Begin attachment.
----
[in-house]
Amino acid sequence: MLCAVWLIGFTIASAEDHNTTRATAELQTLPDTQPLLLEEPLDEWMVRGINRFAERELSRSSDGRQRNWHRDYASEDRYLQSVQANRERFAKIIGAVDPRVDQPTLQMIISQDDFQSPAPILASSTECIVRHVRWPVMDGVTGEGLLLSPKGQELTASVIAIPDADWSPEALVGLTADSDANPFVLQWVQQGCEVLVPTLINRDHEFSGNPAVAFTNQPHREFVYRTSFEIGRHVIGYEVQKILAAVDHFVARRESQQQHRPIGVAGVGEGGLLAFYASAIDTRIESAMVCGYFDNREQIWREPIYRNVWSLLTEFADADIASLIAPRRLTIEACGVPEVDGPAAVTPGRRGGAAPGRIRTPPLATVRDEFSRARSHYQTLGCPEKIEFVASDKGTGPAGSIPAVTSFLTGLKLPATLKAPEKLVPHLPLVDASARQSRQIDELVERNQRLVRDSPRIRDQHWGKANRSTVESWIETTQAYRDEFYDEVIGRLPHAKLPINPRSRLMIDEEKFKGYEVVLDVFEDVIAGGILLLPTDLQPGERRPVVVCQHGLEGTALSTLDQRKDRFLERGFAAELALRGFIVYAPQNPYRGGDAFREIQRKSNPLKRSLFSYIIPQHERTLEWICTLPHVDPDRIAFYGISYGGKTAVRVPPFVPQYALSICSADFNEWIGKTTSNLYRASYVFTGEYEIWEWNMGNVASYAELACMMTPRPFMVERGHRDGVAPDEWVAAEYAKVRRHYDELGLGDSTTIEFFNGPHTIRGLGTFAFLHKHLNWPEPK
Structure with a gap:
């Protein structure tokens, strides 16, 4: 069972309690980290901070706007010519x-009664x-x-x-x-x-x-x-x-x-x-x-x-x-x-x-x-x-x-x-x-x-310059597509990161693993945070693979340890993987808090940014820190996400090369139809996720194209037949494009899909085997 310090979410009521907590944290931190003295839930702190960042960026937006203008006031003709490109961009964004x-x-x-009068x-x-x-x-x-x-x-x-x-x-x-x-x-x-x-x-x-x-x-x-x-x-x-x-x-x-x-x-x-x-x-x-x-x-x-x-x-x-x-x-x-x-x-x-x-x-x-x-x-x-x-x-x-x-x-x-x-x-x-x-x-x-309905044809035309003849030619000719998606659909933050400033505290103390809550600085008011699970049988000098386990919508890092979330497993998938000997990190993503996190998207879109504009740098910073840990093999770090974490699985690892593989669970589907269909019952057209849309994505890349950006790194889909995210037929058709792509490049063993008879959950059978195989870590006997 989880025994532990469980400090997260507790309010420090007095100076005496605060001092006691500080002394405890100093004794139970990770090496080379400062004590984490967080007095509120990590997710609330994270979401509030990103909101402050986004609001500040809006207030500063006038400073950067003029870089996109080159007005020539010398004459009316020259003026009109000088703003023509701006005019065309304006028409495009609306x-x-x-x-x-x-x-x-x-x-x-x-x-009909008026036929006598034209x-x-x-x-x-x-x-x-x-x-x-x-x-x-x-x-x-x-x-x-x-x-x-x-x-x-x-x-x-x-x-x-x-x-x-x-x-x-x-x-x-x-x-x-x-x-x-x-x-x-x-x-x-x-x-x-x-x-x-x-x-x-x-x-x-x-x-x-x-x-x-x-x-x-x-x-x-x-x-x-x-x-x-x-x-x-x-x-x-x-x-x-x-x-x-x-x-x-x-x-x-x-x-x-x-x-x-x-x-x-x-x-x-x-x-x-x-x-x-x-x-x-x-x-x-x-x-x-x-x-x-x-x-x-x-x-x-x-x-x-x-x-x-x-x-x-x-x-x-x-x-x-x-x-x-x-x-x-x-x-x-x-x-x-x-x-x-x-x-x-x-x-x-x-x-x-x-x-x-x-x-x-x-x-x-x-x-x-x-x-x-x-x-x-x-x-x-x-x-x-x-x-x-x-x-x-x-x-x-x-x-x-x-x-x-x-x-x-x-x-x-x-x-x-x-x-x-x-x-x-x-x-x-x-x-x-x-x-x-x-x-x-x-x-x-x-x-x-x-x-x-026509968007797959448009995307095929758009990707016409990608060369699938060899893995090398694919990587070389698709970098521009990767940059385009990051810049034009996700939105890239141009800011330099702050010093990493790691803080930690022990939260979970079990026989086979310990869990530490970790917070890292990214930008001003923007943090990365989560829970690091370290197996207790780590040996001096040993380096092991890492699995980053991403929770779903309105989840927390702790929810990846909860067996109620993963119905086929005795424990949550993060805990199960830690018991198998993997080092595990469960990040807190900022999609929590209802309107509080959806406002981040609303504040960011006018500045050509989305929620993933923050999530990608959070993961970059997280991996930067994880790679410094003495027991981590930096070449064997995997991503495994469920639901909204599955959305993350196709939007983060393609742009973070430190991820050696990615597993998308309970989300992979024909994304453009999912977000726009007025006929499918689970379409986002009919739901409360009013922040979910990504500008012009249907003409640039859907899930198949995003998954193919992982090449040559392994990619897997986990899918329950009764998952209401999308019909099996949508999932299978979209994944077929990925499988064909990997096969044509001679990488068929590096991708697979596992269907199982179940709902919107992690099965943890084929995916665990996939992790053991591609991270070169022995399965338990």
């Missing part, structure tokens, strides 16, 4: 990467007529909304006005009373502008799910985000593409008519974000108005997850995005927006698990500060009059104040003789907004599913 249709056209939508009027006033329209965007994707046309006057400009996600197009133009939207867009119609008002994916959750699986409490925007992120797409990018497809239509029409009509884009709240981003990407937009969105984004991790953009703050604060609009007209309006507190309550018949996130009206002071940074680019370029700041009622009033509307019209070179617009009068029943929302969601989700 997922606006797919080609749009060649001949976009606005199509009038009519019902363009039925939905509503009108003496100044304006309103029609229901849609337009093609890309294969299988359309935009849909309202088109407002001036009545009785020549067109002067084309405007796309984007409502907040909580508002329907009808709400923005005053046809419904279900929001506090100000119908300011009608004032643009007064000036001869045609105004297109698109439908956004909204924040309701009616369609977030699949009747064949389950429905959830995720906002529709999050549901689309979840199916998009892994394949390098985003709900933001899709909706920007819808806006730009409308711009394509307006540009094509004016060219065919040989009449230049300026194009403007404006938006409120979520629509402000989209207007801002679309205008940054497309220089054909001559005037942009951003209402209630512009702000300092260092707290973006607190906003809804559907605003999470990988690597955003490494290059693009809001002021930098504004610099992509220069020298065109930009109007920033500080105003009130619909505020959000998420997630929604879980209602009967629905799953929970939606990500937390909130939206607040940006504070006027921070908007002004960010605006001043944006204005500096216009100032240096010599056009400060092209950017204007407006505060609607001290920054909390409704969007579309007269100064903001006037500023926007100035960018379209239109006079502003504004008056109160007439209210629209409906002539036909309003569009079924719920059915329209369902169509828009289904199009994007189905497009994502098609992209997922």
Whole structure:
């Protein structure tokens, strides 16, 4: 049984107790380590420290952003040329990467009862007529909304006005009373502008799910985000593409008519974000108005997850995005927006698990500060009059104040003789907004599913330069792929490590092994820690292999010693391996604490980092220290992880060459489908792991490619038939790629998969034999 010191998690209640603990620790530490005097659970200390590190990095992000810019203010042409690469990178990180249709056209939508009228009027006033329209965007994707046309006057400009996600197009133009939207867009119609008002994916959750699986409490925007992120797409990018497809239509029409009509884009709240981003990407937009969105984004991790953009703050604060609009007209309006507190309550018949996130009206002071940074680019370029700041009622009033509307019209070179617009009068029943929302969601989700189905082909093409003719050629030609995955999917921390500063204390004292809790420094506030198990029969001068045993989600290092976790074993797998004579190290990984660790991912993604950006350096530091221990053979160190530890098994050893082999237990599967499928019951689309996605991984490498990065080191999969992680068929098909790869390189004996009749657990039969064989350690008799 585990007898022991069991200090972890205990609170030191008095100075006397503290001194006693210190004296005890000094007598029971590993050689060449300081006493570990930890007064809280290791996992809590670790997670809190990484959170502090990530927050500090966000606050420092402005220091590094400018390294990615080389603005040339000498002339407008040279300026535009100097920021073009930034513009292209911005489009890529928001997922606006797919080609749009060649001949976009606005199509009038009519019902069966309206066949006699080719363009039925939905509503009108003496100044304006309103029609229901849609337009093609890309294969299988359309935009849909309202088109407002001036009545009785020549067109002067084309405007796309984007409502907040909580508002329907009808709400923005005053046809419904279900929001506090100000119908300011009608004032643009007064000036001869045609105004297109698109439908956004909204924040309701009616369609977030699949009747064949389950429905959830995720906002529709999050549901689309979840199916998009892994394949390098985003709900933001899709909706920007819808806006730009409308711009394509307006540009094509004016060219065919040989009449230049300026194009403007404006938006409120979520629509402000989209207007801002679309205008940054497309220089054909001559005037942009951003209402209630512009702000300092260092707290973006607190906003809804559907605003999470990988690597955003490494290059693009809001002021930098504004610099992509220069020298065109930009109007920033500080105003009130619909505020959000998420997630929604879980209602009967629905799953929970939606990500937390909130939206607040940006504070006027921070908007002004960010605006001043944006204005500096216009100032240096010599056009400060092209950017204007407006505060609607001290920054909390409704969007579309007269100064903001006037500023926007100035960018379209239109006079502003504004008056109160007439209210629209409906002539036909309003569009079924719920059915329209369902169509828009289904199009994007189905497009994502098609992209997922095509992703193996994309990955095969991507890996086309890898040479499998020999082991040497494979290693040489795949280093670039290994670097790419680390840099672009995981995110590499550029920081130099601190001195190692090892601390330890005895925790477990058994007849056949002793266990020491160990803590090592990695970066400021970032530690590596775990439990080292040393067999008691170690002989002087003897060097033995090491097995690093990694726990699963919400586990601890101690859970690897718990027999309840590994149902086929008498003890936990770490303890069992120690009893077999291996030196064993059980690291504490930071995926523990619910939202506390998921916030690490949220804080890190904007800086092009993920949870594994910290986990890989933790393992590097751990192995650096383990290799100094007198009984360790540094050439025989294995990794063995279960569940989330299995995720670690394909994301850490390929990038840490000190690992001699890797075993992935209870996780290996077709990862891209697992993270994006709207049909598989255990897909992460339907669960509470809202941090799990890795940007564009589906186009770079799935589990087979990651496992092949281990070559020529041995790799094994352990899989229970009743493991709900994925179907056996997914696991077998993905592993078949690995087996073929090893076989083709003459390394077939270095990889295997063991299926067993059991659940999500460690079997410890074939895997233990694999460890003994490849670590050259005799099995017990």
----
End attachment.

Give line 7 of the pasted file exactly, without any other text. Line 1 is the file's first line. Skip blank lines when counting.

């Protein structure tokens, strides 16, 4: 049984107790380590420290952003040329990467009862007529909304006005009373502008799910985000593409008519974000108005997850995005927006698990500060009059104040003789907004599913330069792929490590092994820690292999010693391996604490980092220290992880060459489908792991490619038939790629998969034999 010191998690209640603990620790530490005097659970200390590190990095992000810019203010042409690469990178990180249709056209939508009228009027006033329209965007994707046309006057400009996600197009133009939207867009119609008002994916959750699986409490925007992120797409990018497809239509029409009509884009709240981003990407937009969105984004991790953009703050604060609009007209309006507190309550018949996130009206002071940074680019370029700041009622009033509307019209070179617009009068029943929302969601989700189905082909093409003719050629030609995955999917921390500063204390004292809790420094506030198990029969001068045993989600290092976790074993797998004579190290990984660790991912993604950006350096530091221990053979160190530890098994050893082999237990599967499928019951689309996605991984490498990065080191999969992680068929098909790869390189004996009749657990039969064989350690008799 585990007898022991069991200090972890205990609170030191008095100075006397503290001194006693210190004296005890000094007598029971590993050689060449300081006493570990930890007064809280290791996992809590670790997670809190990484959170502090990530927050500090966000606050420092402005220091590094400018390294990615080389603005040339000498002339407008040279300026535009100097920021073009930034513009292209911005489009890529928001997922606006797919080609749009060649001949976009606005199509009038009519019902069966309206066949006699080719363009039925939905509503009108003496100044304006309103029609229901849609337009093609890309294969299988359309935009849909309202088109407002001036009545009785020549067109002067084309405007796309984007409502907040909580508002329907009808709400923005005053046809419904279900929001506090100000119908300011009608004032643009007064000036001869045609105004297109698109439908956004909204924040309701009616369609977030699949009747064949389950429905959830995720906002529709999050549901689309979840199916998009892994394949390098985003709900933001899709909706920007819808806006730009409308711009394509307006540009094509004016060219065919040989009449230049300026194009403007404006938006409120979520629509402000989209207007801002679309205008940054497309220089054909001559005037942009951003209402209630512009702000300092260092707290973006607190906003809804559907605003999470990988690597955003490494290059693009809001002021930098504004610099992509220069020298065109930009109007920033500080105003009130619909505020959000998420997630929604879980209602009967629905799953929970939606990500937390909130939206607040940006504070006027921070908007002004960010605006001043944006204005500096216009100032240096010599056009400060092209950017204007407006505060609607001290920054909390409704969007579309007269100064903001006037500023926007100035960018379209239109006079502003504004008056109160007439209210629209409906002539036909309003569009079924719920059915329209369902169509828009289904199009994007189905497009994502098609992209997922095509992703193996994309990955095969991507890996086309890898040479499998020999082991040497494979290693040489795949280093670039290994670097790419680390840099672009995981995110590499550029920081130099601190001195190692090892601390330890005895925790477990058994007849056949002793266990020491160990803590090592990695970066400021970032530690590596775990439990080292040393067999008691170690002989002087003897060097033995090491097995690093990694726990699963919400586990601890101690859970690897718990027999309840590994149902086929008498003890936990770490303890069992120690009893077999291996030196064993059980690291504490930071995926523990619910939202506390998921916030690490949220804080890190904007800086092009993920949870594994910290986990890989933790393992590097751990192995650096383990290799100094007198009984360790540094050439025989294995990794063995279960569940989330299995995720670690394909994301850490390929990038840490000190690992001699890797075993992935209870996780290996077709990862891209697992993270994006709207049909598989255990897909992460339907669960509470809202941090799990890795940007564009589906186009770079799935589990087979990651496992092949281990070559020529041995790799094994352990899989229970009743493991709900994925179907056996997914696991077998993905592993078949690995087996073929090893076989083709003459390394077939270095990889295997063991299926067993059991659940999500460690079997410890074939895997233990694999460890003994490849670590050259005799099995017990």